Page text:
After air searches ended on 18 October, a passing hunter found a missing Cessna aircraft in a ravine just 5 km from Aberdeen, at about 2310 UT 21 Oct 2019, the American News reports. The Brown County (SD) Sheriff Department confirmed the only deceased to be Gerald W. Seliski, 70, of Hecla, SD. Seliski owned the plane but only held a student pilot certificate.
Civil Air Patrol and the US Air Force continue to search for the pilot of a missing Cessna 172, N6483B, lost en route to Oakes, North Dakota after departure from Aberdeen Regional Airport at about 10 October 2019 0315 UT, just before a blizzard began to cross the plains. Weather and crop cover has hampered the response effort.
The inaugural flight departed General Mitchell International Airport in Milwaukee at 1631 UT and landed at Gerald Ford International Airport in Grand Rapids at 1655 UT. The 24-minute flight reached a maximum altitude of 5200m and speed of 222 m/s.
The new Midwest Express will fly from Milwaukee to Grand Rapids, Omaha, and Cincinnati. Reservations are not yet open, though an August 6 press release from the airline stated that revenue service will begin by the end of 2019. In the meantime, Elite Airways has returned the plane to charter flight service.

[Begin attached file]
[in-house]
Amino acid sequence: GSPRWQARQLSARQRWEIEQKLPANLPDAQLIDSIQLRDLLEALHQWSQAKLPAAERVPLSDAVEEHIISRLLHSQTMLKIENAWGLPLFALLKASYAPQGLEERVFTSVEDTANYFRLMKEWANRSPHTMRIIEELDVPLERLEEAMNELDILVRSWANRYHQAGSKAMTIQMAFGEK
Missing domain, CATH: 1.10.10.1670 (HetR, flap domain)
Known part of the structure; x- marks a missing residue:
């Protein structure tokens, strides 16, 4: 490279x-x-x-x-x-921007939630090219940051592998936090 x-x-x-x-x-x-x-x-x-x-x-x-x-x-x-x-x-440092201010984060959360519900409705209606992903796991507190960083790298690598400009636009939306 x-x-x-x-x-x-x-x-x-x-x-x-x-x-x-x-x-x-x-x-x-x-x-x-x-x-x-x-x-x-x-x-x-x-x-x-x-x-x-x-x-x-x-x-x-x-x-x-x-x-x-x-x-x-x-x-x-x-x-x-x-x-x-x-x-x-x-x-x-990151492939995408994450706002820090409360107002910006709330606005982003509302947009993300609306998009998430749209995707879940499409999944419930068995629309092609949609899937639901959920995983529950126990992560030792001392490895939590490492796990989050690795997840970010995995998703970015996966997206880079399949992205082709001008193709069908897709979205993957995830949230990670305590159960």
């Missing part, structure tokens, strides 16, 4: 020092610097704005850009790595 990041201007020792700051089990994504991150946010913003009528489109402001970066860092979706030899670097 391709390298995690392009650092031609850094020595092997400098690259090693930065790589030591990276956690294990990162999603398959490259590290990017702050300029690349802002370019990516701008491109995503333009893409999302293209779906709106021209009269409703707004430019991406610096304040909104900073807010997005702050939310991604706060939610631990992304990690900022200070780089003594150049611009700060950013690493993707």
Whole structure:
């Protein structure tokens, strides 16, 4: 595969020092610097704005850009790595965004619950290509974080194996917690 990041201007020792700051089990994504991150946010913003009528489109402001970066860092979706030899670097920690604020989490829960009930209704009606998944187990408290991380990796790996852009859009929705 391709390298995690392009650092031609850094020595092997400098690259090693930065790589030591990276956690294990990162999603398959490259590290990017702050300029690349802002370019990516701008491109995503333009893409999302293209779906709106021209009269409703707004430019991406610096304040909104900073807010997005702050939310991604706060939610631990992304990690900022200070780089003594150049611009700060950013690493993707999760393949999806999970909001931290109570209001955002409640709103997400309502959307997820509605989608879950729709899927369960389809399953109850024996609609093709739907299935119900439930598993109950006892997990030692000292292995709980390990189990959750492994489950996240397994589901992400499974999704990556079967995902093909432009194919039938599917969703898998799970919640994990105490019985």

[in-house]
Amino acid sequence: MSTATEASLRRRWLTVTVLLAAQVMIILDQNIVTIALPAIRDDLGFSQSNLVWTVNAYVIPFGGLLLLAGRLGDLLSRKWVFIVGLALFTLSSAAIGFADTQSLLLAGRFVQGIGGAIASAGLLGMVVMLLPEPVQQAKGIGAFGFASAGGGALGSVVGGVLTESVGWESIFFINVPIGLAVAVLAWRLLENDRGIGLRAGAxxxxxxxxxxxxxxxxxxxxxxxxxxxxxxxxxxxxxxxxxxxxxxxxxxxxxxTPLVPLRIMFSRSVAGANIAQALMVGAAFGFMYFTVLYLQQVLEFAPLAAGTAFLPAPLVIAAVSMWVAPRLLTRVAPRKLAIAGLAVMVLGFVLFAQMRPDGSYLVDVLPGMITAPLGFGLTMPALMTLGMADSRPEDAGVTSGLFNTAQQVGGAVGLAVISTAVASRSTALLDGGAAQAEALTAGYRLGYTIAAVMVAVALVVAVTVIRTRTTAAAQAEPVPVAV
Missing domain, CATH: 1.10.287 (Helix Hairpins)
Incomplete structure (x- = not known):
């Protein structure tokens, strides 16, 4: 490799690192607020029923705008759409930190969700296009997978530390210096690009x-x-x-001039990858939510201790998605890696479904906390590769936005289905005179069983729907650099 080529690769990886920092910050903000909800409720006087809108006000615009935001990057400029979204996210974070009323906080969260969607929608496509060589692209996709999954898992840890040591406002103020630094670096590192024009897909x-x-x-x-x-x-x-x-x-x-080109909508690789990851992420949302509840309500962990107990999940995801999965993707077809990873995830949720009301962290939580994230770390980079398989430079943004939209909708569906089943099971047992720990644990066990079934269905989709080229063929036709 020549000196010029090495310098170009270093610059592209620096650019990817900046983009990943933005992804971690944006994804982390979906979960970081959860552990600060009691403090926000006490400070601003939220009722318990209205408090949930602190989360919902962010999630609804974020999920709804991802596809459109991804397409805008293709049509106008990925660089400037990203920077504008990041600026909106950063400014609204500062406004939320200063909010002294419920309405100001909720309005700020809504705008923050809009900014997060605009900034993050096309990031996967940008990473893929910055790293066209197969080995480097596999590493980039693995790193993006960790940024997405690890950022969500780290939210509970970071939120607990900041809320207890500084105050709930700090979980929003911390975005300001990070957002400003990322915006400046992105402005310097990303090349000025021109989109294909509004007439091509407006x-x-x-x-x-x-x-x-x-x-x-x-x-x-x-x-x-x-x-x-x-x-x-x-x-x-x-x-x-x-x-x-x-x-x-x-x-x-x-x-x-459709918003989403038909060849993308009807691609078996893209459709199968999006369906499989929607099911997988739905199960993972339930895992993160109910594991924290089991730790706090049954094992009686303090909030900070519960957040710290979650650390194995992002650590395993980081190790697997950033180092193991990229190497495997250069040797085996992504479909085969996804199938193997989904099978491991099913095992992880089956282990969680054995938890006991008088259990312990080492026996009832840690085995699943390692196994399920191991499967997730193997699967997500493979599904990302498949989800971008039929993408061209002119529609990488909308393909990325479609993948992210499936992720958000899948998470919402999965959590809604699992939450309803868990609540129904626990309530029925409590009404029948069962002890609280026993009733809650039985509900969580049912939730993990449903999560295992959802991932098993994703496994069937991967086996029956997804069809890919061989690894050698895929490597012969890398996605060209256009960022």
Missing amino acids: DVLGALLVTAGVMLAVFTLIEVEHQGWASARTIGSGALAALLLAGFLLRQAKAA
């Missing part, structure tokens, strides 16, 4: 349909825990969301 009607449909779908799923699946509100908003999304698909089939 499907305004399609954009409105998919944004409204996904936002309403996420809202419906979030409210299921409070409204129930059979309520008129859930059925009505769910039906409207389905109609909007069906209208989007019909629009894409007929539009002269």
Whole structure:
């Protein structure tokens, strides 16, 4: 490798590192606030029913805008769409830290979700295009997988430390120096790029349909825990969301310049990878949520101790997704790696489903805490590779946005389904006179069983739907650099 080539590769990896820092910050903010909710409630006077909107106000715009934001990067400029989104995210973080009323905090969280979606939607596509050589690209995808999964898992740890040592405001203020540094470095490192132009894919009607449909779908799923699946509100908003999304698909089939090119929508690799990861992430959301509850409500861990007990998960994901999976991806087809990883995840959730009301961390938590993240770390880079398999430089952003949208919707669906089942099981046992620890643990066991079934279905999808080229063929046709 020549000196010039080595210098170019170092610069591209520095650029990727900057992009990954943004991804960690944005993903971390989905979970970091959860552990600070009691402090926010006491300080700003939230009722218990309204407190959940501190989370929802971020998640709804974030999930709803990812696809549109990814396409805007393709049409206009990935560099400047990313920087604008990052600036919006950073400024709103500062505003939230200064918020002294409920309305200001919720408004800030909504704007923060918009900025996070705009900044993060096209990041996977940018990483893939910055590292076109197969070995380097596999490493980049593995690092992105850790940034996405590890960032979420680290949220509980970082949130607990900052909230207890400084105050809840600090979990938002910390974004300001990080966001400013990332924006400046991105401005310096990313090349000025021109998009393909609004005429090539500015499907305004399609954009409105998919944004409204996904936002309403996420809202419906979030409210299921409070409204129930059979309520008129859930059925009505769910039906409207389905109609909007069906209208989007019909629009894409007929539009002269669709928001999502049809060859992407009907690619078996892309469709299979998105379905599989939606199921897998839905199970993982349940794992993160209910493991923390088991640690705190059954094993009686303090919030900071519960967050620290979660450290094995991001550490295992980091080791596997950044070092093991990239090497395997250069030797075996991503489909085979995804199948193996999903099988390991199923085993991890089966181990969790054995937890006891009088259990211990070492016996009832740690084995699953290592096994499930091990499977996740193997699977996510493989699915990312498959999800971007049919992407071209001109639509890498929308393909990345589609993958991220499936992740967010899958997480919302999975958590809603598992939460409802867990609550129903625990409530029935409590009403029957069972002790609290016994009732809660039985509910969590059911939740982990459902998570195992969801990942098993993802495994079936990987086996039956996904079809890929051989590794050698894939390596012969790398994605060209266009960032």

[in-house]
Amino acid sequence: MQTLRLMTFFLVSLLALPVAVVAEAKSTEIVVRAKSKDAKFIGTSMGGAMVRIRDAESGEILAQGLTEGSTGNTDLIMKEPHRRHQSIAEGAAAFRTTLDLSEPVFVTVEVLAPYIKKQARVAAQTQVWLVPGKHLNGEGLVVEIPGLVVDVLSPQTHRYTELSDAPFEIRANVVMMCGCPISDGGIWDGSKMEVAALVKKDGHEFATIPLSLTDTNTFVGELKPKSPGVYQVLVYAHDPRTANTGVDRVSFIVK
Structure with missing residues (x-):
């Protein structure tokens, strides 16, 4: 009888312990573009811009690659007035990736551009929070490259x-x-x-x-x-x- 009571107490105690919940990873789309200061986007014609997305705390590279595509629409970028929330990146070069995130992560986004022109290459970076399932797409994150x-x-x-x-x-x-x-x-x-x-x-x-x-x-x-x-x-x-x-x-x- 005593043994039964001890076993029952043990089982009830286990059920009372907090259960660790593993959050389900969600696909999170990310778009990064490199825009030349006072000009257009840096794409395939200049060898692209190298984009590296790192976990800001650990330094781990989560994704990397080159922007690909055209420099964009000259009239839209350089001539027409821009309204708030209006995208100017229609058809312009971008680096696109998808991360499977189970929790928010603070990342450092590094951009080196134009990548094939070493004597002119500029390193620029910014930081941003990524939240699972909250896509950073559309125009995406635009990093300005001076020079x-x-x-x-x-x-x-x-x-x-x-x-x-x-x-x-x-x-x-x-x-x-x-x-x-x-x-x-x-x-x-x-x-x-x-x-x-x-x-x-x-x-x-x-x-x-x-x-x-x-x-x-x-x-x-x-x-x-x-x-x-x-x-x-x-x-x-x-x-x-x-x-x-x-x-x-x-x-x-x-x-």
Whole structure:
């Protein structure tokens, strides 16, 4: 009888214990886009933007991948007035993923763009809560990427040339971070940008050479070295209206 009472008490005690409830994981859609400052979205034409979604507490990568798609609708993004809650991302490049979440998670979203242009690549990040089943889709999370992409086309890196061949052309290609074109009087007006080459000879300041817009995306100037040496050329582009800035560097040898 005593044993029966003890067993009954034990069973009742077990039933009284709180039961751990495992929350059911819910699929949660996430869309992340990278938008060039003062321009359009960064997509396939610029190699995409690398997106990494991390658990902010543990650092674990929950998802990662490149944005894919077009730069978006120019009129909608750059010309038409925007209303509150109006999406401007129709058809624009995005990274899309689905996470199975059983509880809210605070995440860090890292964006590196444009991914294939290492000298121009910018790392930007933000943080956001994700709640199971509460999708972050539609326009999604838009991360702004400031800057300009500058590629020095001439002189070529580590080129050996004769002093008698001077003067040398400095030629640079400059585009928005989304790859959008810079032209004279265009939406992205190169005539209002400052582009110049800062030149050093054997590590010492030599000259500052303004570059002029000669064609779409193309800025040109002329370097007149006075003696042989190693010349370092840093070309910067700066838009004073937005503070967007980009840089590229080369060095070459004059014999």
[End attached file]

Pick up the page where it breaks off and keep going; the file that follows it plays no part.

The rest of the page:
Passenger airline flights were affected Saturday and Sunday 8 and 9 June 2019, due to an expected minor signal outage, plus a glitch with a particular type of GPS receiver. The affected planes were mostly Bombardier CRJ-200 and CRJ-700s, but also included CRJ-900s, as well as Boeing 737 and 767s.
Reports on Airliners.net indicate particular concerns with GPS receivers supplied by Rockwell Collins. In case the airplane’s barometer were to fail, the onboard GPS receiver must be able to track altitude accurately enough to maintain normal operations in the Class A airspace above FL180. This requires a GPS vertical accuracy within 500 feet (152 meters), and that the GPS constellation be in fairly good alignment – which, every now and then, just doesn’t happen.
That’s what occurred this weekend over a region over the Great Lakes and extending out over much of North Dakota and Manitoba, such that certain areas can expect, in theory, up to 40 minutes of signal loss on Sunday. The FAA estimated still further regions in the US could be affected by the outage. As affected planes wait for a technical fix, they are flying below 18000 feet, or simply being replaced by unaffected aircraft.
In addition to highlighting the performance of one supplier’s GPS solution in an edge case, the incident also serves to highlight an increasing dependence on GPS for airline operations. Aviators have expressed concern about the trend of airports turning off their ILS, VOR, and NDB navigation systems. Many of these decisions assume that GPS will always be available, which may well be more than 98% correct. It’s the last 2% that may lead to unexpected problems.
Experts suggest the plane may have lost cabin pressure during its climb, not quite reaching its planned cruising altitude of 12.5 km. While pilots are trained to reduce their flight level during oxygen failures, the effects of hypoxia may not always be noticed in time to achieve recovery.
Pressurization failures are a hazard for high flying jet aircraft, especially those like the Cessna Citation, which are regularly commissioned for business travel and may not necessarily have a dedicated ground crew, especially away from home.